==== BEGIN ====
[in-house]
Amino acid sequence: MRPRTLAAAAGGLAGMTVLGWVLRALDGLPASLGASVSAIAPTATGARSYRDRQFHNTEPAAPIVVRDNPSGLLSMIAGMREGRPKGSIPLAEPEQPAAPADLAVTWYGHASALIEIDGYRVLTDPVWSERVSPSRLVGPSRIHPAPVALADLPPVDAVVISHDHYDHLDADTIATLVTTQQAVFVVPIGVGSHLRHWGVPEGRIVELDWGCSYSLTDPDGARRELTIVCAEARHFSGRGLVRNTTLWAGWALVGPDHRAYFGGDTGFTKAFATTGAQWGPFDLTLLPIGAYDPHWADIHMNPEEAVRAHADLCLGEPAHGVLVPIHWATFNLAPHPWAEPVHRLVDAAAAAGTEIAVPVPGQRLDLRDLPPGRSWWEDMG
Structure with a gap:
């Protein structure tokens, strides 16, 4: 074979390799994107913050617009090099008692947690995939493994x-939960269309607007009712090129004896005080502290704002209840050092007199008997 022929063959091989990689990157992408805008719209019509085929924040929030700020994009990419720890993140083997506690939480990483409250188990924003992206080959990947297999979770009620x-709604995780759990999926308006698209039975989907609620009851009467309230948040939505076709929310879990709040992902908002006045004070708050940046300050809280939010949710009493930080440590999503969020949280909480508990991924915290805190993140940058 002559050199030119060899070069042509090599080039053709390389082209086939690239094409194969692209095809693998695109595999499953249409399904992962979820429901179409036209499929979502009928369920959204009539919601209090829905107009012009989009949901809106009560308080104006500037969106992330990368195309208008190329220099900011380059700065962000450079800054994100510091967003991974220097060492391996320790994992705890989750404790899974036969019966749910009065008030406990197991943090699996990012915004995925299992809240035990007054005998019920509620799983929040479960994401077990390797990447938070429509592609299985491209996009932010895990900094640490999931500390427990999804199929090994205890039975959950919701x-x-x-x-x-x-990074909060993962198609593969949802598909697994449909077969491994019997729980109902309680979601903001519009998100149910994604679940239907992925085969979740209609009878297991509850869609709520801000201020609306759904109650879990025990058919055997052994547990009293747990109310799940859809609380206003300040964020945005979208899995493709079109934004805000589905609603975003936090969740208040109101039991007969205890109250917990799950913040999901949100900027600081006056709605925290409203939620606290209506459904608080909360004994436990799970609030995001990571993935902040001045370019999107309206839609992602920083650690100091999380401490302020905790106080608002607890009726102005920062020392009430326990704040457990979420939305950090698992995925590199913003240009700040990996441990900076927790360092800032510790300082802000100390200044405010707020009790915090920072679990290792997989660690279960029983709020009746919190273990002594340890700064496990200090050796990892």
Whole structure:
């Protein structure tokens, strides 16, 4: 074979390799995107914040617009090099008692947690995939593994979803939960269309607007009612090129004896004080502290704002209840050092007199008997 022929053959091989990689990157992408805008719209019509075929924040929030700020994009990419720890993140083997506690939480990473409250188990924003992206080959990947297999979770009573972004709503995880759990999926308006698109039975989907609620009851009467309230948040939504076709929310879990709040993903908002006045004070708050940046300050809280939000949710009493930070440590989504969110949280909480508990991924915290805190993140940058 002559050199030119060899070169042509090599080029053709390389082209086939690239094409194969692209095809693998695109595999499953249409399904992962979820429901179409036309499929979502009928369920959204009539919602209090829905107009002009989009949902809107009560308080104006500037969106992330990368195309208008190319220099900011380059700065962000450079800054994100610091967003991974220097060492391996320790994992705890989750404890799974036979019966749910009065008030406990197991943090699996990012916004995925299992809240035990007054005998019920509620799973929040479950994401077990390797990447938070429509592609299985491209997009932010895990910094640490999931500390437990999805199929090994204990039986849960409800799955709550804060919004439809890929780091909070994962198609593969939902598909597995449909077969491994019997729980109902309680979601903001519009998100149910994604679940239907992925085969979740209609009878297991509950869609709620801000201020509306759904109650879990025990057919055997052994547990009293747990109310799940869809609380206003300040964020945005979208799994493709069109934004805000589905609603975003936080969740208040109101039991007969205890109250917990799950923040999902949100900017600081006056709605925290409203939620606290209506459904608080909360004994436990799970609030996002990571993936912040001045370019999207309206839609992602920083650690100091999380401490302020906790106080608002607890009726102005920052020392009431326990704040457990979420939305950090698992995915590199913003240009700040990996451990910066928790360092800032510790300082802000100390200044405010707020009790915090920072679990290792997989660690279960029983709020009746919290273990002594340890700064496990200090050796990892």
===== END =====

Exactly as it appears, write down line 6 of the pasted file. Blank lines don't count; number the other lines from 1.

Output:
């Protein structure tokens, strides 16, 4: 074979390799995107914040617009090099008692947690995939593994979803939960269309607007009612090129004896004080502290704002209840050092007199008997 022929053959091989990689990157992408805008719209019509075929924040929030700020994009990419720890993140083997506690939480990473409250188990924003992206080959990947297999979770009573972004709503995880759990999926308006698109039975989907609620009851009467309230948040939504076709929310879990709040993903908002006045004070708050940046300050809280939000949710009493930070440590989504969110949280909480508990991924915290805190993140940058 002559050199030119060899070169042509090599080029053709390389082209086939690239094409194969692209095809693998695109595999499953249409399904992962979820429901179409036309499929979502009928369920959204009539919602209090829905107009002009989009949902809107009560308080104006500037969106992330990368195309208008190319220099900011380059700065962000450079800054994100610091967003991974220097060492391996320790994992705890989750404890799974036979019966749910009065008030406990197991943090699996990012916004995925299992809240035990007054005998019920509620799973929040479950994401077990390797990447938070429509592609299985491209997009932010895990910094640490999931500390437990999805199929090994204990039986849960409800799955709550804060919004439809890929780091909070994962198609593969939902598909597995449909077969491994019997729980109902309680979601903001519009998100149910994604679940239907992925085969979740209609009878297991509950869609709620801000201020509306759904109650879990025990057919055997052994547990009293747990109310799940869809609380206003300040964020945005979208799994493709069109934004805000589905609603975003936080969740208040109101039991007969205890109250917990799950923040999902949100900017600081006056709605925290409203939620606290209506459904608080909360004994436990799970609030996002990571993936912040001045370019999207309206839609992602920083650690100091999380401490302020906790106080608002607890009726102005920052020392009431326990704040457990979420939305950090698992995915590199913003240009700040990996451990910066928790360092800032510790300082802000100390200044405010707020009790915090920072679990290792997989660690279960029983709020009746919290273990002594340890700064496990200090050796990892």